Sunday, October 04, 2009

Foreign Film Hoopla, 60+ Oscar Submissions

In the years I've been documenting Oscar's once largely undocumented foreign film category, we've seen the number of players creep up virtually every year, despite the concurrent dwindling of foreign film distribution in the United States. In 2001 for example when I first began tracking it and sharing the info online, there were 51 official submissions for Best Foreign Language Film. Last year there were 67. For the 2009 Oscar race (the submission deadline has now passed) we've now heard from 62 countries. But that doesn't mean the official list will only be 62 films. In the eight years I've been documenting this race, something always changes between the submission deadline and Oscar's official announcement of the list (coming soon): Films are disqualified, last minute switcheroos happen, countries that didn't make noise when they first submitted are revealed. There will be drama... albeit the mostly invisible kind.

You can see more about these 62 entries (cast, posters, miscellania) on the super comprehensive charts at The Film Experience
We'll have a lot more once things are "official" but here's a few early topics to think about...

Clockwise from top left: Albania's Alive, Luxembourg's Réfractaire, Czech
Republic's Protektor, Macedonia's Wingless and Iran's About Elly

World War II Fetish
World War II is to "Best Foreign Language Film" what Disabilities are to "Best Actor" and what DeGlam is to "Best Actress" and what Longsuffering Spouse is to "Supporting Actress"; the juiciest of bait for AMPAS taste buds. So we have to suspect that the following five films have a tiny boost in the competition: Norway's Max Manus, Luxembourg's Réfractaire (with Love Songs' breakout young star Grégoire Leprince-Ringuet), the Czech Republic's Protektor, Slovakia's Broken Promise and Slovenia's Landscape No. 2 which you can actually already rent from Netflix.

The Stars
Having a recognizable face in your movie can sometimes put you on a voter's good side. They are only human and who among us isn't won over (at least initially) by the presence of a familiar well loved face? Switzerland's Home has the great Isabelle Huppert, Italy's Baaria has Raoul Bova, China's operatic biopic Forever Enthralled has Ziyi Zhang, Mexico's Backyard (see previous post) has Jimmy Smits, Argentina's The Secret in Their Eyes AND Spain's The Dancer and the Thief both star Ricardo Darin.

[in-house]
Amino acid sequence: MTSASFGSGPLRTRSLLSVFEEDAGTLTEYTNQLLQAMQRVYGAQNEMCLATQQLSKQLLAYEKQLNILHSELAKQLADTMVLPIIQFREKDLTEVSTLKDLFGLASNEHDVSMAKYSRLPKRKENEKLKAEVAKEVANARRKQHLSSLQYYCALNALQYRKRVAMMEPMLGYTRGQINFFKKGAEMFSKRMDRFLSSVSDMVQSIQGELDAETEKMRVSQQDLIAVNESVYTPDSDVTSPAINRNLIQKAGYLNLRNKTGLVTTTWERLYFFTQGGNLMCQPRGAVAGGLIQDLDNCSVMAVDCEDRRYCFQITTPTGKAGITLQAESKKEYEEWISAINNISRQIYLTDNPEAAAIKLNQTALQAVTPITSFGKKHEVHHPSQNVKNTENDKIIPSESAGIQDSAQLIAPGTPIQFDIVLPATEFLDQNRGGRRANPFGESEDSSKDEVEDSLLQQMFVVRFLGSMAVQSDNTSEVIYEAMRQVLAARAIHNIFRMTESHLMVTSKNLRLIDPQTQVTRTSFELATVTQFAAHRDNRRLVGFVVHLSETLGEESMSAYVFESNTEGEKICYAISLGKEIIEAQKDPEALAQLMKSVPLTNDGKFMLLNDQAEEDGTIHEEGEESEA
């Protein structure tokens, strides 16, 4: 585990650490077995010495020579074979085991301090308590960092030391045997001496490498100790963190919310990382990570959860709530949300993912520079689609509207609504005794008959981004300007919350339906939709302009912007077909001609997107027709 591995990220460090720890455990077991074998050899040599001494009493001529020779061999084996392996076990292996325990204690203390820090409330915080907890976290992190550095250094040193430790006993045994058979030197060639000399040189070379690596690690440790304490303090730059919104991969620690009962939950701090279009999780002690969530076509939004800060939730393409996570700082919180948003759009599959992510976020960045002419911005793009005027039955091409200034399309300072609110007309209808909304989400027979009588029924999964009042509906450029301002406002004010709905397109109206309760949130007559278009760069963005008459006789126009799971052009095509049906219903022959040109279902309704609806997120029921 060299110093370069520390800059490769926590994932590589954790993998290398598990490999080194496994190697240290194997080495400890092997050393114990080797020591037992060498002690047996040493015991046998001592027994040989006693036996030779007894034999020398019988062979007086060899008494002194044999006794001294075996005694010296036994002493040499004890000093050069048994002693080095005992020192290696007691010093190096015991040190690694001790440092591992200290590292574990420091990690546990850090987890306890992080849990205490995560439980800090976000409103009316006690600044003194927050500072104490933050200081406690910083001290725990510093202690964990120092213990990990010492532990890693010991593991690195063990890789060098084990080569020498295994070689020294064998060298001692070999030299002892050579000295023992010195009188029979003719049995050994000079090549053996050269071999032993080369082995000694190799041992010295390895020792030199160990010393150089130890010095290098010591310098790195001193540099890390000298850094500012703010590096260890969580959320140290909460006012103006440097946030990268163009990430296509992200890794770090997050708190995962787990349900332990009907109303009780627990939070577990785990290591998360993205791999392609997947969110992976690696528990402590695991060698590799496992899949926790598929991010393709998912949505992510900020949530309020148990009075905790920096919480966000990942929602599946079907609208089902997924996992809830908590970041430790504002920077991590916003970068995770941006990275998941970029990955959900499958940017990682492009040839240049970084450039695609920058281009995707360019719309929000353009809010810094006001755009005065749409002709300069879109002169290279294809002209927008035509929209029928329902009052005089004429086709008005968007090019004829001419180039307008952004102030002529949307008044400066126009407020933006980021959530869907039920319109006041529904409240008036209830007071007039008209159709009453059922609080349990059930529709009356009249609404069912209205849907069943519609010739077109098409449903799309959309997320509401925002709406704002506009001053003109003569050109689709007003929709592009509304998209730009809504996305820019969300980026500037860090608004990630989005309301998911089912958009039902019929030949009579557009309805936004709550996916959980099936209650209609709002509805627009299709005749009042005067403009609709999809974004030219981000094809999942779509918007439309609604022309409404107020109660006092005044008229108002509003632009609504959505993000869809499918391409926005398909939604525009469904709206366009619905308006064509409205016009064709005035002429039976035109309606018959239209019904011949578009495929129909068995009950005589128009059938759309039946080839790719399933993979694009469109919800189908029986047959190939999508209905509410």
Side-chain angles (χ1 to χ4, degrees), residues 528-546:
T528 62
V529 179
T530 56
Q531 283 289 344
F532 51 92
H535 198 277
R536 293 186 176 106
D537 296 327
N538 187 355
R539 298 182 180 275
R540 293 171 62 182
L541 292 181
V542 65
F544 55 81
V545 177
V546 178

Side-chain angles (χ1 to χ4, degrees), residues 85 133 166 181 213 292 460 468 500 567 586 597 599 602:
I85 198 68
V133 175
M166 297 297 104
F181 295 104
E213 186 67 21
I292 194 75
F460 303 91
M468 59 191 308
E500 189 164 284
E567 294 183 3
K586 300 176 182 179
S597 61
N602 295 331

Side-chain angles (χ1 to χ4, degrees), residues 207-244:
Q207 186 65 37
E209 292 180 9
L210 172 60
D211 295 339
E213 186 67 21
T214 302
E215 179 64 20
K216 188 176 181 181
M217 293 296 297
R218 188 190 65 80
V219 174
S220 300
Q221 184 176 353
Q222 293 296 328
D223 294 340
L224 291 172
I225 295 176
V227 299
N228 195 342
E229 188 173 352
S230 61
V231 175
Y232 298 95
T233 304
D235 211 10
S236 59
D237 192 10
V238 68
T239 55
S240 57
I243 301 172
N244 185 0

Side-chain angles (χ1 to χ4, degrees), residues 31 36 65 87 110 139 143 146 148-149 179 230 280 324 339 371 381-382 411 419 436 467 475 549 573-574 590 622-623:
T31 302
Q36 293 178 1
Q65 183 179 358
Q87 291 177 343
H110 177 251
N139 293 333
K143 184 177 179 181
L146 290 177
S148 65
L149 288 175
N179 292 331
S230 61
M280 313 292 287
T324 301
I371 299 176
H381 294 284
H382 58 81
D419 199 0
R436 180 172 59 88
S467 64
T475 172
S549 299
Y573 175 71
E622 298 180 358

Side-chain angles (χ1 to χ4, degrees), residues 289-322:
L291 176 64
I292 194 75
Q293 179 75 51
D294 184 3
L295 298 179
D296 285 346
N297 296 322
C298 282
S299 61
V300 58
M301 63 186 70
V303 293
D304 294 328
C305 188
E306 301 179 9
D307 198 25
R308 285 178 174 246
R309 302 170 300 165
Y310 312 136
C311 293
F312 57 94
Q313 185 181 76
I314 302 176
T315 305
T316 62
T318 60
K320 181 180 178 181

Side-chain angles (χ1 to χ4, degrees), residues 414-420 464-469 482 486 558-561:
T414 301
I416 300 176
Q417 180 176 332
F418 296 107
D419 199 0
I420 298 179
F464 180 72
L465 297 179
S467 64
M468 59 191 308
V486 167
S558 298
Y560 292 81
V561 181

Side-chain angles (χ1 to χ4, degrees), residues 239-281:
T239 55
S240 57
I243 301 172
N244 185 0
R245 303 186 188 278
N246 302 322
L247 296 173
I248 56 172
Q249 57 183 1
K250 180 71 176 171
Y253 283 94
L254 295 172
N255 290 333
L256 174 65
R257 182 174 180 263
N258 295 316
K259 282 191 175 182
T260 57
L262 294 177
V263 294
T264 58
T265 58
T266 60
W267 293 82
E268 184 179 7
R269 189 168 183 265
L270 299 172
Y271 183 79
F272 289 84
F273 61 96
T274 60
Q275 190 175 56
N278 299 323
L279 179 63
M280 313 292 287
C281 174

Clockwise from top left: China's Forever Enthralled, Switzerland's Home,
Argentina's The Secret in Their Eyes and Romania's Police, Adjective

Critical Darlings
Oscar has been rejiggering the rules in this category in a number of ways these past few years to try and curb the animosity that they often engender in the press when they skip extremely well-regarded foreign films like Romania's 4 Months, 3 Weeks and 2 Days. Critical raves and festival prizes are no guarantee but contrary to the protestations of disgruntled cinephiles, they do not hurt.

Films that already have an enviable pool of well wishers include Germany's The White Ribbon from Michael Haneke (who was invited to join the Academy two years back), France's Un Prophete, Canada's I Killed My Mother, Australia's Samson and Delilah, Greece's Dogtooth, Korea's Mother and Romania's Police, Adjective.

You can argue that some of these pictures are anti-Bait... but let's be fair: the Academy can and does surprise. Sometimes they go against their grain and embrace the violently confrontational (Mexico's Amores Perros), the unusually risque (Austria's Revanche) or the utterly alien (Finland's The Man Without a Past). Anything can happen even if Anything usually doesn't.

the submission charts
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27 comments:

amir_uk said...